Cranial Extradural Empyema in the Era of Computed Tomography: A Review of 82 Cases

Cranial Extradural Empyema in the Era of Computed Tomography: A Review of 82 Cases ABSTRACTOBJECTIVE:Intracranial suppurative disorders (abscesses and empyemas) continue to be common neurosurgical emergencies in South Africa. Cranial extradural empyema (EDE) occurs less frequently than its subdural counterpart but remains a potentially devastating disease process. We present our 15-year experience with this condition in the era of computed tomography.METHODS:Of the 4623 patients with intracranial sepsis who were admitted to the neurosurgical unit at Wentworth Hospital (Durban, South Africa) during a 15-year period (1983–1997), 76 patients with EDEs were identified. An additional six patients who were identified from our outpatient records were treated nonsurgically. Analyses were performed with respect to clinical, radiological, bacteriological, surgical, and outcome data. All information for this study was obtained from the computerized databank for the unit. Statistical analyses of the related pre- and postoperative clinical data were performed.RESULTS:The 76 patients with EDEs accounted for 1.6% of the total number of patients admitted for treatment of intracranial sepsis during the study period. Thirteen patients (15.8%) had infratentorial pus collections. Male patients predominated by a ratio of 2:1, and 66 patients were between the ages of 6 and 20 years (mean age, 16.56 ± 9.87 yr). The origins of the sepsis were paranasal sinusitis for 53 patients (64.6%), mastoiditis for 16 patients, trauma for 5 patients, dental caries for 1 patient, and miscellaneous causes for 7 patients. The most common clinical presenting features were fever, neck stiffness, and periorbital edema. Surgery was performed in the form of burrholes for 21 patients, small craniectomies for 39 patients, and craniotomies for 5 patients. The additional five patients, while having drainage of their infected paranasal sinuses, had simultaneous drainage of their extradural pus collections by the ear, nose, and throat surgeon. The majority of patients (81 patients) experienced good outcomes (Glasgow Outcome Scale scores of 4 or 5). A single patient died after surgery (mortality rate, 1.22%).CONCLUSION:EDEs occur less frequently than subdural empyemas and are associated with better prognoses. Surgical drainage (burrholes), simultaneous eradication of the source of sepsis, and high-dose intravenous antibiotic therapy remain the mainstays of treatment. Selective nonsurgical management of small EDEs is possible, provided the source of sepsis is surgically eradicated. It is our opinion that EDE is a disease that should be managed without morbidity or death. http://www.deepdyve.com/assets/images/DeepDyve-Logo-lg.png Neurosurgery Oxford University Press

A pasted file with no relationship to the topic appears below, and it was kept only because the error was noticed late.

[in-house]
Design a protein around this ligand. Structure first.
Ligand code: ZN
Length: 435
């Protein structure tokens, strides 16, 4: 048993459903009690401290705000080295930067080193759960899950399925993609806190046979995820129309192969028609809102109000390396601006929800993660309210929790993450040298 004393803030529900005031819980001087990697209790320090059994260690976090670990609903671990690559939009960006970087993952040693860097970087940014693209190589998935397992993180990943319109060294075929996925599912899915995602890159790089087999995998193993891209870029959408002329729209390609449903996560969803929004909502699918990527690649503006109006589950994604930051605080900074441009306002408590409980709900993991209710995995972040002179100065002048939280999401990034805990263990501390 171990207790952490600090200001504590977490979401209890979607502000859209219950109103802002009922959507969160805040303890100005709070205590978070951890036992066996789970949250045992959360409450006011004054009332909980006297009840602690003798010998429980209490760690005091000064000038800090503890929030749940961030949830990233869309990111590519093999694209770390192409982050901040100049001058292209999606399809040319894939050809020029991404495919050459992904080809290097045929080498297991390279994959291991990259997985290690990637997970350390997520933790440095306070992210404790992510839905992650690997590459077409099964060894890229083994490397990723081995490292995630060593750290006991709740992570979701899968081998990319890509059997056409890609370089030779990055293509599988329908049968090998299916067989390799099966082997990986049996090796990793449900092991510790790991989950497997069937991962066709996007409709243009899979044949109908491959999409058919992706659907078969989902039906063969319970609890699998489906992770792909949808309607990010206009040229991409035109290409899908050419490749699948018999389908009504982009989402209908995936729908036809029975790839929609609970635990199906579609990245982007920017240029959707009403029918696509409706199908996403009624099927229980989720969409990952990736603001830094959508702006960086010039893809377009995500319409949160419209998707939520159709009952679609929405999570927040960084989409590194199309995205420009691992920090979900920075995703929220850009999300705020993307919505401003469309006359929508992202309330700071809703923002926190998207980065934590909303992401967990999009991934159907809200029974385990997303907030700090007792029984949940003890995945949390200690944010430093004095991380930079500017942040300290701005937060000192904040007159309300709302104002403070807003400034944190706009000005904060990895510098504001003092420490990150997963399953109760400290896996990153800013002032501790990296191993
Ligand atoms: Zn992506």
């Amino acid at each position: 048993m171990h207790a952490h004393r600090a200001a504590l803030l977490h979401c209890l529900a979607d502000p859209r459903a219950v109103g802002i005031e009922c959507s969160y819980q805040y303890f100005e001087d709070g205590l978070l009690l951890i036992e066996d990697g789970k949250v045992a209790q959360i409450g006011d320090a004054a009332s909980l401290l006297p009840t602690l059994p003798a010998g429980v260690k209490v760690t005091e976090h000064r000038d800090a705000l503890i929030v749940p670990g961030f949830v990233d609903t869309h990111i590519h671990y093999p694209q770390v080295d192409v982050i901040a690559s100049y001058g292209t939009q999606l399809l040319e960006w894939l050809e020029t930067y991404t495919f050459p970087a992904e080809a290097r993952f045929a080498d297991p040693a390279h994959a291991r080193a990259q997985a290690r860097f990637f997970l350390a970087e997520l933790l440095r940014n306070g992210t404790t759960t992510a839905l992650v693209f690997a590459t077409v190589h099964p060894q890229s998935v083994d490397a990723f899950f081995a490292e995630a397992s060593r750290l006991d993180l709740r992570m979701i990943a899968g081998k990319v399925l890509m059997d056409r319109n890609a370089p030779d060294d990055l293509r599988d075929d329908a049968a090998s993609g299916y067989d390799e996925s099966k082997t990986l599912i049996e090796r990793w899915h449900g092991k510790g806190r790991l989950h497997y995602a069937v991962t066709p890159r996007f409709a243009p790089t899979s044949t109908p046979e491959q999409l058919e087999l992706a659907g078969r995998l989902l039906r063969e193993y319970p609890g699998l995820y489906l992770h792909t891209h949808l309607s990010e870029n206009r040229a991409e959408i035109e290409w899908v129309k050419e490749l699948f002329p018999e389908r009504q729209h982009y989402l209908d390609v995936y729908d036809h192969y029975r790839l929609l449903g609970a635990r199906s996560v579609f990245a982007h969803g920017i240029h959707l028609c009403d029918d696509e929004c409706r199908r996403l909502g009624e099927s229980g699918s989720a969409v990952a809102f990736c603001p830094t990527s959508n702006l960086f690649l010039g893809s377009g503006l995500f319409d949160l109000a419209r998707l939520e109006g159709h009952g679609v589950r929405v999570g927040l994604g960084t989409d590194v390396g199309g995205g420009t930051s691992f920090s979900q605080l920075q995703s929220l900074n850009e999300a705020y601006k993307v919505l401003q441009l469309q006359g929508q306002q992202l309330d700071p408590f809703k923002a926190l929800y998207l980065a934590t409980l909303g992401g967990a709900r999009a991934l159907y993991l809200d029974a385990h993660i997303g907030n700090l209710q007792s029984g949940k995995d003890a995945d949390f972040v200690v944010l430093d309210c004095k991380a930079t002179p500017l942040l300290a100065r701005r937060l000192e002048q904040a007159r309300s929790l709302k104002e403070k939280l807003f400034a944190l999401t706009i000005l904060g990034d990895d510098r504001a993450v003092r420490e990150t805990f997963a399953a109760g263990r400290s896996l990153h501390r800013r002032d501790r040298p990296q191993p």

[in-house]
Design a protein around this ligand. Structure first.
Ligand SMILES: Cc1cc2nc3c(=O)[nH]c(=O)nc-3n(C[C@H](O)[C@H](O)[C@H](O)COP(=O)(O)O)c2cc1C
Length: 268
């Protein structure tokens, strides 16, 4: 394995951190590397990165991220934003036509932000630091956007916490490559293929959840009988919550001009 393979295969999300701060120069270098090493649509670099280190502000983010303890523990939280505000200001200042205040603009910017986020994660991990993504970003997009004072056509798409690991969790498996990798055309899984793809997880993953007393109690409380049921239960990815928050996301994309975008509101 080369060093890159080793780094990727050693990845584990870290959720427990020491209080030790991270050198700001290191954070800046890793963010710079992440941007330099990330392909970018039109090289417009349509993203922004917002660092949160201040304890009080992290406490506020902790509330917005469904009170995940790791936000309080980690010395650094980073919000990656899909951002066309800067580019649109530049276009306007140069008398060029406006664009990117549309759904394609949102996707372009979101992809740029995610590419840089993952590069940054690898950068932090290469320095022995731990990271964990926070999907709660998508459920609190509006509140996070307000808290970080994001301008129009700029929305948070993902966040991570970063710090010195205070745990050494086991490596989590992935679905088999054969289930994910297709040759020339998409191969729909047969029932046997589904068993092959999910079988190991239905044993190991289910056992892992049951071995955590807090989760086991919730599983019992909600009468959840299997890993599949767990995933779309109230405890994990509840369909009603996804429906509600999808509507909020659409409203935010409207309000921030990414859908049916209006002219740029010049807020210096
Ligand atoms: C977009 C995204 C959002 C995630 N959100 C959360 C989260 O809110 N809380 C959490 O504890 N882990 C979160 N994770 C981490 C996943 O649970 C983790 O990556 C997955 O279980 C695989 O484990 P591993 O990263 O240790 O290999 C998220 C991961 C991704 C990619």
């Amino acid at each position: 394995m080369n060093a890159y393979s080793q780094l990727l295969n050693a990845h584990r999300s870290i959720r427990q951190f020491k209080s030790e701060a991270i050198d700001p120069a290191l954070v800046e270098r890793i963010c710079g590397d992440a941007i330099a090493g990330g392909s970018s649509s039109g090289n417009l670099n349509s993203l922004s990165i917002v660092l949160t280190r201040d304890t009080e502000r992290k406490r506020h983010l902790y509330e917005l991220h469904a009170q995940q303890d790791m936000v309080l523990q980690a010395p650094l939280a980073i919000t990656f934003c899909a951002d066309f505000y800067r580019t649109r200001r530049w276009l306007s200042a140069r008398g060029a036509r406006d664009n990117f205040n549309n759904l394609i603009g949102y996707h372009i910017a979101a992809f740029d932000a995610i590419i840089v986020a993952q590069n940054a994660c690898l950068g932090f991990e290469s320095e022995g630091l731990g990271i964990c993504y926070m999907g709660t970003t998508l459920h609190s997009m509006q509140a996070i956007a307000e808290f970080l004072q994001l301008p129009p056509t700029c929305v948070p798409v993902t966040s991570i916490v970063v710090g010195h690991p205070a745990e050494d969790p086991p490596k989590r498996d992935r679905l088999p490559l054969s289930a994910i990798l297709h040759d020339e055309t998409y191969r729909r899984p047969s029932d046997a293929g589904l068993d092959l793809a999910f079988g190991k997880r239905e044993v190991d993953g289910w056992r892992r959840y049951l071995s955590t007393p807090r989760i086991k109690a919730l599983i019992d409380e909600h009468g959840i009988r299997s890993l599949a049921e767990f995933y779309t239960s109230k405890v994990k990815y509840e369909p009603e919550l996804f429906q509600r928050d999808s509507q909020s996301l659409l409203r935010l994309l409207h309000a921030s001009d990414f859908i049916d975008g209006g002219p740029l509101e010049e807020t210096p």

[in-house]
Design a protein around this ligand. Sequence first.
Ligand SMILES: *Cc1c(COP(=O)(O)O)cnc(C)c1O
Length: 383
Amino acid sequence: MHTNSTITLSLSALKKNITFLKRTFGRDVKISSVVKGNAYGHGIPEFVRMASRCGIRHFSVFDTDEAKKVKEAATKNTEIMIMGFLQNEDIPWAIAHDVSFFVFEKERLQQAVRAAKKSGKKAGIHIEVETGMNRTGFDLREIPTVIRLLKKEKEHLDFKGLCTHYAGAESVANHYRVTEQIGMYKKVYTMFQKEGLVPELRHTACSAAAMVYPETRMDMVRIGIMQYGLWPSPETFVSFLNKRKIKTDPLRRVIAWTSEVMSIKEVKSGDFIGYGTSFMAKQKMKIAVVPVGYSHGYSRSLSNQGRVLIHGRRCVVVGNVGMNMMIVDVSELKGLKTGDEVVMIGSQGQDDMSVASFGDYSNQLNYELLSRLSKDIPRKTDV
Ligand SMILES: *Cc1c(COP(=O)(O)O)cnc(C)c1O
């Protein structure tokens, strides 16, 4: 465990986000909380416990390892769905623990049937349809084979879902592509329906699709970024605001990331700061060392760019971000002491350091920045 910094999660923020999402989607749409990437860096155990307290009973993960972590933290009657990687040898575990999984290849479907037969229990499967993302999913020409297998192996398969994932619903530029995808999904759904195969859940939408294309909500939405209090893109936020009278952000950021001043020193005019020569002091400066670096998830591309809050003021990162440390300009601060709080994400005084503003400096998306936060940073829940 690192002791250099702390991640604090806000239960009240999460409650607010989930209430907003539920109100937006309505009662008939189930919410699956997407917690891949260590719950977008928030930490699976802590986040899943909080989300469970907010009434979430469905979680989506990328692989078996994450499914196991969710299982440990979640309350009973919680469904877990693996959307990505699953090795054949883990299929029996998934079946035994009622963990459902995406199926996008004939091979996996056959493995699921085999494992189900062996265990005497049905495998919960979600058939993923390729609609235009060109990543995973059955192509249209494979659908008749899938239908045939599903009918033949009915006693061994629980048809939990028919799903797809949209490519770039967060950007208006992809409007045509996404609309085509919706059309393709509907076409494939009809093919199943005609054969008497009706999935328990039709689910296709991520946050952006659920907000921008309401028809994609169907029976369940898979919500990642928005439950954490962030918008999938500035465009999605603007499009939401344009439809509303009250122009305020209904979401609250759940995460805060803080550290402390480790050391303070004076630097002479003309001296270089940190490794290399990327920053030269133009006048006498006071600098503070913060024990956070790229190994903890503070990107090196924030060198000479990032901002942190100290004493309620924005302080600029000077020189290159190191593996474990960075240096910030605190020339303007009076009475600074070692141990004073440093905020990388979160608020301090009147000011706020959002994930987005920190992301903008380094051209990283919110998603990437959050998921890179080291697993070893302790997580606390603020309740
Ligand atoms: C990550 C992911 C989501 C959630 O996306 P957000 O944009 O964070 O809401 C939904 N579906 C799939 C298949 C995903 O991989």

Cranial Extradural Empyema in the Era of Computed Tomography: A Review of 82 Cases

Cranial Extradural Empyema in the Era of Computed Tomography: A Review of 82 Cases